Hot-rodders love to smash boundaries, but not everyone wants to completely transform their stock classic. While old cars ooze character and style from an earlier age, they often lack modern luxuries and safety protections that are found on even the most basic of new cars. Is there a middle ground where you can keep all of the things you love about your classic but employ some newer components to improve the things you don’t?
Read the full article on Hagerty.com:
I opened this “Six stealthy upgrades....” expecting to read about performance upgrades and finding instead how to pimp out a classic !
Lowering a car was a popular trend in ‘50’s usually accompanied by full length lakes pipes and flame paint. Jumping low rider, frame draggers re-emerged later. Not my style, reminds me of sagging springs.
Porsche seats in a Z 28 or L-79 Nova ? Any love for faux fur seat covers and matching dash pads ?
Front disk brakes are nice and an inexpensive upgrade. Rear disks on most RWD American sedans have little value. Having said this, I have never had a braking issue driving many ‘57, ‘63, ‘64 and various other Chevrolet cars and trucks all with 4 wheel drum brakes, some on the drag strip.
HEI is a poor choice for performance application as it has little if any adjustability.... one spark fits all.
Overdrive ? Most of not all carbed and cammed street motors need 3000 rpm to produce HP. Dropping rpm to 1800 or so with a weak OD trans is a recipe for trouble. A super low first gear insures an uncontrollable launch followed by big stumble as engine rolls over loaded by gear as trans shifts to second. Similar to skipping second on a 4 speed.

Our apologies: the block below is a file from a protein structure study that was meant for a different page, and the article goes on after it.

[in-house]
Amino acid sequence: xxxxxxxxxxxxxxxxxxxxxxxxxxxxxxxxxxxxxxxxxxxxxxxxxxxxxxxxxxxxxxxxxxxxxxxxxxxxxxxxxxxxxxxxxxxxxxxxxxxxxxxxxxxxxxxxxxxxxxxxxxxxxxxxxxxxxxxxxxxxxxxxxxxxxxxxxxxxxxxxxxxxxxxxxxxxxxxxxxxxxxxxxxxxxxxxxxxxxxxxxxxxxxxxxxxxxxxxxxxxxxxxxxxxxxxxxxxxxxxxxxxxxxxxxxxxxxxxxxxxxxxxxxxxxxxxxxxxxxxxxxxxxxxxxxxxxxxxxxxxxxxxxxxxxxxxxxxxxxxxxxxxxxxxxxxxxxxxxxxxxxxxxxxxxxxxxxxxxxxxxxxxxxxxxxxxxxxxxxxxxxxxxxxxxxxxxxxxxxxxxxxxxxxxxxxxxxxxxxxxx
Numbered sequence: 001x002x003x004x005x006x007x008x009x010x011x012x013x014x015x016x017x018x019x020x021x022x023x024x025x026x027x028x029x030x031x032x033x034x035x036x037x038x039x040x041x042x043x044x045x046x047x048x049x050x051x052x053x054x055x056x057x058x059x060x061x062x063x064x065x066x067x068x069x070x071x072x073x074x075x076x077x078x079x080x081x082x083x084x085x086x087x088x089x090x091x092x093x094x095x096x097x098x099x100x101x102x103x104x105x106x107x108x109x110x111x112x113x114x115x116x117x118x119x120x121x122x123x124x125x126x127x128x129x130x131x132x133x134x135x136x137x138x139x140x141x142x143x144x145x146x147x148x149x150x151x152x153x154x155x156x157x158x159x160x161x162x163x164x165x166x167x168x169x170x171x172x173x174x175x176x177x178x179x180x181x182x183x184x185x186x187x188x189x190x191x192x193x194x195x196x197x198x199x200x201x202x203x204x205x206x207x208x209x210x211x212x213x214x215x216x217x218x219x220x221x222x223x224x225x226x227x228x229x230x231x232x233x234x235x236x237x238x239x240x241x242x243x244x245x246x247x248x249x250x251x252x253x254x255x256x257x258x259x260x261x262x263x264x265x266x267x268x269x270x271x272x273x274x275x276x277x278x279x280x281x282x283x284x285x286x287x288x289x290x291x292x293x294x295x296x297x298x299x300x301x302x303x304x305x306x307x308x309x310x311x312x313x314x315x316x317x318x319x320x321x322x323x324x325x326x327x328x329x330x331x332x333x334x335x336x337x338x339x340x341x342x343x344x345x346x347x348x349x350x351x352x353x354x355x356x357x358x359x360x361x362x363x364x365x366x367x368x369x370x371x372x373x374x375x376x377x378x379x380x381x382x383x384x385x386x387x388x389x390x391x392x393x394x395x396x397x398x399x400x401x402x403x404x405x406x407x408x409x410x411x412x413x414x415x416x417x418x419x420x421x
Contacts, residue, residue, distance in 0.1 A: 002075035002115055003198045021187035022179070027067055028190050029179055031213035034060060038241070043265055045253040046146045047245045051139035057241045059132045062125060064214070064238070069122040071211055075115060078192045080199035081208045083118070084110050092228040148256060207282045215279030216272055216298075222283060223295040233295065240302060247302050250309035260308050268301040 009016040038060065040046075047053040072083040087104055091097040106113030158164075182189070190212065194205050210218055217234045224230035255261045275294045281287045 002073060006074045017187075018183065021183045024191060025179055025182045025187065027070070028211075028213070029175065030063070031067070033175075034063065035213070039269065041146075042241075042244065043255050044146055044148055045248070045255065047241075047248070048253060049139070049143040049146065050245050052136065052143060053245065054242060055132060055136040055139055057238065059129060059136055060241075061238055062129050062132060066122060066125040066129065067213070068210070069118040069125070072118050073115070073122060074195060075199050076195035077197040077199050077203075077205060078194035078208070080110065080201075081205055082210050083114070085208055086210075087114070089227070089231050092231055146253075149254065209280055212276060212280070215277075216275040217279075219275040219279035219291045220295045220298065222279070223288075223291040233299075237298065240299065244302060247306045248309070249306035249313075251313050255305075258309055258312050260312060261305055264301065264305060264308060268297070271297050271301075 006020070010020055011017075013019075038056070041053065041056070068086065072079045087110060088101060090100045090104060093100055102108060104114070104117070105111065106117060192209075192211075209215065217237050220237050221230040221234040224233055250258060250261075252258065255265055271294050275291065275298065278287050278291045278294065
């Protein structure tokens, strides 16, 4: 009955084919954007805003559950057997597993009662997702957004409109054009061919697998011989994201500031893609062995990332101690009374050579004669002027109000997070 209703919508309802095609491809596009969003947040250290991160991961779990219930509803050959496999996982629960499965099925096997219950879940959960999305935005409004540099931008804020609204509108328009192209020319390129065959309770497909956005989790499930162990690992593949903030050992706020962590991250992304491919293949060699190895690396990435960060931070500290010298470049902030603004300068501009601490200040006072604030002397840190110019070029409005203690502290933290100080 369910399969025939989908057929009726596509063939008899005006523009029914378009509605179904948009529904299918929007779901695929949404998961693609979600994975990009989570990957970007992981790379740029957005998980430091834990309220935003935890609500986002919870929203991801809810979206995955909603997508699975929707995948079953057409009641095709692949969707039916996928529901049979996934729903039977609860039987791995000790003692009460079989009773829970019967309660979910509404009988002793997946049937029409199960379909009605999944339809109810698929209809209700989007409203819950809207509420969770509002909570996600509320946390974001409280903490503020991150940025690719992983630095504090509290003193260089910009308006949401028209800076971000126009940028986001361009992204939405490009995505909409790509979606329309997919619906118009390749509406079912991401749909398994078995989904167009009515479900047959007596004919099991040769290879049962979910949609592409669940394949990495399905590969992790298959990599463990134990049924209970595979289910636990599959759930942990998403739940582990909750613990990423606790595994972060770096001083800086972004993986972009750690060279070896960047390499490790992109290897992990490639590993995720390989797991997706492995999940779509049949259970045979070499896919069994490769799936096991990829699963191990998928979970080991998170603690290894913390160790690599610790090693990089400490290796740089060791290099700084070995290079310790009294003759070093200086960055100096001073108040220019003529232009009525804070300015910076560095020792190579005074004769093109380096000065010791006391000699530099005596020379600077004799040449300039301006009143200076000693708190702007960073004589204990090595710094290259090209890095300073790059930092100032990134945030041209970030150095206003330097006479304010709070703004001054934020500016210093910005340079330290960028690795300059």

Air conditioning. IMO, there are few ways to make an engine compartment difficult to service and generally unattractive than adding compressors, brackets, hoses, dryers and condensers.
Many if not all GM Muscle Cars did not offer AC in their hi-performance versions. Imagine a ‘67 L 88 Corvette w/ AC
Disappointing article !
You must live in Minnesota?
In Georgia , A/C is the first thing to add if you want to spend any time actually driving an older car.
We have a 65 Falcon station wagon with a hot 302 with a lumpy cam & C4, tubular A arms , disc brakes, dual chamber master cylinder, original radio converted to Bluetooth by Tayman electrical in Florida.
Slot mags & fat tires, air shocks,
And vintage air AC.
We have driven it on several 1000 mile trips.
It’s a nice highway cruiser and attracts more attention than any Lamborghini ever could.
Yeah the Georgia summers combined with stoplights programmed to stay one color WAY too long make for being able to smell your undercarriage cooking before the light changes. I have two that need AC.
Throttle-Body Fuel Injection (TBI) is a nice upgrade if your old carburetor gives out. There are kits from Edelbrock, Holley, FiTech and Atomic for most four-barrel applications, at about a 20-30% price premium over a new carburetor. They also interface with their manufacturer's electronic ignition kits, to provide a total electronic engine control solution. Holley also makes kits for one and two-barrel applications.